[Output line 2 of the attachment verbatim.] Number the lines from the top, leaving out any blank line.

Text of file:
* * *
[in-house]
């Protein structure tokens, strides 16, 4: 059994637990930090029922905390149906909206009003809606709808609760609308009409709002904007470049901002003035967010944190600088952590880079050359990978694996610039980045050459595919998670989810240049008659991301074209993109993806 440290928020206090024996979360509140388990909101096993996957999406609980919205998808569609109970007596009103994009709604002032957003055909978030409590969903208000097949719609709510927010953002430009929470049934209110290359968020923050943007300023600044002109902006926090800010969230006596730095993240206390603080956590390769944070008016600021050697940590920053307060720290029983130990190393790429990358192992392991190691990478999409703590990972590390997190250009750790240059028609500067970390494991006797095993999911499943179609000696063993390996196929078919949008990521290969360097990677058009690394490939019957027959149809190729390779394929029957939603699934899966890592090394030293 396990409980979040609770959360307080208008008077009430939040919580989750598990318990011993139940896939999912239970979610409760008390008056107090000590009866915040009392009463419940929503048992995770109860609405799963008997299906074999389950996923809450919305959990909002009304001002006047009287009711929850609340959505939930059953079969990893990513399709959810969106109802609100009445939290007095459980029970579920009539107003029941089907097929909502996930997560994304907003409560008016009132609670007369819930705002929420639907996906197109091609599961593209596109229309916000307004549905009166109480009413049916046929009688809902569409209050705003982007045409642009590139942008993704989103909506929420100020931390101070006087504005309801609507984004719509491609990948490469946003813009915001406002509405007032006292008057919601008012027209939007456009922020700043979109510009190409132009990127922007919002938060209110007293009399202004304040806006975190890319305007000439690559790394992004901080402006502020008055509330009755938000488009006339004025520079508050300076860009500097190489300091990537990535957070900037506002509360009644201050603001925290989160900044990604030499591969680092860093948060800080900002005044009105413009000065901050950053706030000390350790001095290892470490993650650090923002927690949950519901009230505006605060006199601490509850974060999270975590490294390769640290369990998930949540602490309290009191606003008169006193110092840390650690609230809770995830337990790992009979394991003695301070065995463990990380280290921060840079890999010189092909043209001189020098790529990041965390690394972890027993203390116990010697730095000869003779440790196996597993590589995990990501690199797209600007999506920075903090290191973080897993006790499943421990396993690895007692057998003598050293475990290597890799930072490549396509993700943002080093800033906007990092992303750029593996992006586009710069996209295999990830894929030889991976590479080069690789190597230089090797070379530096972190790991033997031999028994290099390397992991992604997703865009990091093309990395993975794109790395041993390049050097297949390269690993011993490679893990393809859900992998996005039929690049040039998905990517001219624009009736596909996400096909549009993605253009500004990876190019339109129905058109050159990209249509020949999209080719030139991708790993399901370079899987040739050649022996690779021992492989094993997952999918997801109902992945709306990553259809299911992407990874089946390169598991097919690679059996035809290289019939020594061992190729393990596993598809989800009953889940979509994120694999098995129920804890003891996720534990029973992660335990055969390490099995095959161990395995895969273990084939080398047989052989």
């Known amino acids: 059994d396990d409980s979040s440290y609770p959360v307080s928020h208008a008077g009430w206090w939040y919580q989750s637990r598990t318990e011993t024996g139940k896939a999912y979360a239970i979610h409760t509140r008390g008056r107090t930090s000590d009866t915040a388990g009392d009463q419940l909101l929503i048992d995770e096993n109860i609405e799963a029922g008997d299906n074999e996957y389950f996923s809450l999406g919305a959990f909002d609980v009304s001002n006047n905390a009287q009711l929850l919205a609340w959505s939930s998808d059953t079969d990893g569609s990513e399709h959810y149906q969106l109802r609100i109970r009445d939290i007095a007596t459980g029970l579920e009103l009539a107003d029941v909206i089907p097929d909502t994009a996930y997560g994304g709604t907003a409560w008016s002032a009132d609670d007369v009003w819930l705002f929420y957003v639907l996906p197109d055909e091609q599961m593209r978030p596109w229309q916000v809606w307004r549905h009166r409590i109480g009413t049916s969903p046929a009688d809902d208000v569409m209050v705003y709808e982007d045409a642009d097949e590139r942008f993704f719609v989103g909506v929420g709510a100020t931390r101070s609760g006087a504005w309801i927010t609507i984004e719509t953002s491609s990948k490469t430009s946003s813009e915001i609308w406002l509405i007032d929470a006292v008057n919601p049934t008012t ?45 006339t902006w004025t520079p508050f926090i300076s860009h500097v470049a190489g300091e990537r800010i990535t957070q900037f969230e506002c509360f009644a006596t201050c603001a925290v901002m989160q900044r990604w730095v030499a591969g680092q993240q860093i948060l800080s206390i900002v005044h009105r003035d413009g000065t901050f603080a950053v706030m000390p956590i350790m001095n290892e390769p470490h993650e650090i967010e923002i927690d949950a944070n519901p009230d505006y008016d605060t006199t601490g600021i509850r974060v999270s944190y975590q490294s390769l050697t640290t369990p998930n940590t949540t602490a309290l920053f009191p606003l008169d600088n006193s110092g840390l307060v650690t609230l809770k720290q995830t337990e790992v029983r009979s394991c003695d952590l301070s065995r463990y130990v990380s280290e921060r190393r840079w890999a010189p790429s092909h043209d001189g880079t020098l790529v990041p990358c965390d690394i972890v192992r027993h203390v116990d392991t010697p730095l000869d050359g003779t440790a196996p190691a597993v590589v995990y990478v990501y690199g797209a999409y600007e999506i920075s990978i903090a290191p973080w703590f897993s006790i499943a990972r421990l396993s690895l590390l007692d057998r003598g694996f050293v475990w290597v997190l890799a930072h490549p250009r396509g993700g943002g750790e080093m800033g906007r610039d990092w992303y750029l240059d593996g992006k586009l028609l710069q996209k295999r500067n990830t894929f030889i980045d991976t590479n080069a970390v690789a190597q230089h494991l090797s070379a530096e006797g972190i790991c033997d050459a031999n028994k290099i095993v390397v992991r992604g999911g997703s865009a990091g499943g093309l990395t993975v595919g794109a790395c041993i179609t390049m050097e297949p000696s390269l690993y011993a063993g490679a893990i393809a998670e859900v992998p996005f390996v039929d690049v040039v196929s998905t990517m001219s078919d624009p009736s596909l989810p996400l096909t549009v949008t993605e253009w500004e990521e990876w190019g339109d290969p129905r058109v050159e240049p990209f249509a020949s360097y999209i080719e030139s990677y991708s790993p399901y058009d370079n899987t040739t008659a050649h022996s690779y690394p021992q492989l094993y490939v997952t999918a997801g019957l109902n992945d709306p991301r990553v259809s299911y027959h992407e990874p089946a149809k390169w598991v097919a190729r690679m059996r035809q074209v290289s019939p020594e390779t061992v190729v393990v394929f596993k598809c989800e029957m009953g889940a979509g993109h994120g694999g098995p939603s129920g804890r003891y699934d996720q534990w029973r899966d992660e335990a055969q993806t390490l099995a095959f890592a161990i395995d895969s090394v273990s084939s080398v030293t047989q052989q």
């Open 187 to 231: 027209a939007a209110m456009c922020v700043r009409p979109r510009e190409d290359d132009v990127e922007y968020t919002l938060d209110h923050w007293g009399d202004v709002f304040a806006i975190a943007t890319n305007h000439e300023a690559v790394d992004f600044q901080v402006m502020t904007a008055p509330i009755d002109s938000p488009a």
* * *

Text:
């Protein structure tokens, strides 16, 4: 059994637990930090029922905390149906909206009003809606709808609760609308009409709002904007470049901002003035967010944190600088952590880079050359990978694996610039980045050459595919998670989810240049008659991301074209993109993806 440290928020206090024996979360509140388990909101096993996957999406609980919205998808569609109970007596009103994009709604002032957003055909978030409590969903208000097949719609709510927010953002430009929470049934209110290359968020923050943007300023600044002109902006926090800010969230006596730095993240206390603080956590390769944070008016600021050697940590920053307060720290029983130990190393790429990358192992392991190691990478999409703590990972590390997190250009750790240059028609500067970390494991006797095993999911499943179609000696063993390996196929078919949008990521290969360097990677058009690394490939019957027959149809190729390779394929029957939603699934899966890592090394030293 396990409980979040609770959360307080208008008077009430939040919580989750598990318990011993139940896939999912239970979610409760008390008056107090000590009866915040009392009463419940929503048992995770109860609405799963008997299906074999389950996923809450919305959990909002009304001002006047009287009711929850609340959505939930059953079969990893990513399709959810969106109802609100009445939290007095459980029970579920009539107003029941089907097929909502996930997560994304907003409560008016009132609670007369819930705002929420639907996906197109091609599961593209596109229309916000307004549905009166109480009413049916046929009688809902569409209050705003982007045409642009590139942008993704989103909506929420100020931390101070006087504005309801609507984004719509491609990948490469946003813009915001406002509405007032006292008057919601008012027209939007456009922020700043979109510009190409132009990127922007919002938060209110007293009399202004304040806006975190890319305007000439690559790394992004901080402006502020008055509330009755938000488009006339004025520079508050300076860009500097190489300091990537990535957070900037506002509360009644201050603001925290989160900044990604030499591969680092860093948060800080900002005044009105413009000065901050950053706030000390350790001095290892470490993650650090923002927690949950519901009230505006605060006199601490509850974060999270975590490294390769640290369990998930949540602490309290009191606003008169006193110092840390650690609230809770995830337990790992009979394991003695301070065995463990990380280290921060840079890999010189092909043209001189020098790529990041965390690394972890027993203390116990010697730095000869003779440790196996597993590589995990990501690199797209600007999506920075903090290191973080897993006790499943421990396993690895007692057998003598050293475990290597890799930072490549396509993700943002080093800033906007990092992303750029593996992006586009710069996209295999990830894929030889991976590479080069690789190597230089090797070379530096972190790991033997031999028994290099390397992991992604997703865009990091093309990395993975794109790395041993390049050097297949390269690993011993490679893990393809859900992998996005039929690049040039998905990517001219624009009736596909996400096909549009993605253009500004990876190019339109129905058109050159990209249509020949999209080719030139991708790993399901370079899987040739050649022996690779021992492989094993997952999918997801109902992945709306990553259809299911992407990874089946390169598991097919690679059996035809290289019939020594061992190729393990596993598809989800009953889940979509994120694999098995129920804890003891996720534990029973992660335990055969390490099995095959161990395995895969273990084939080398047989052989």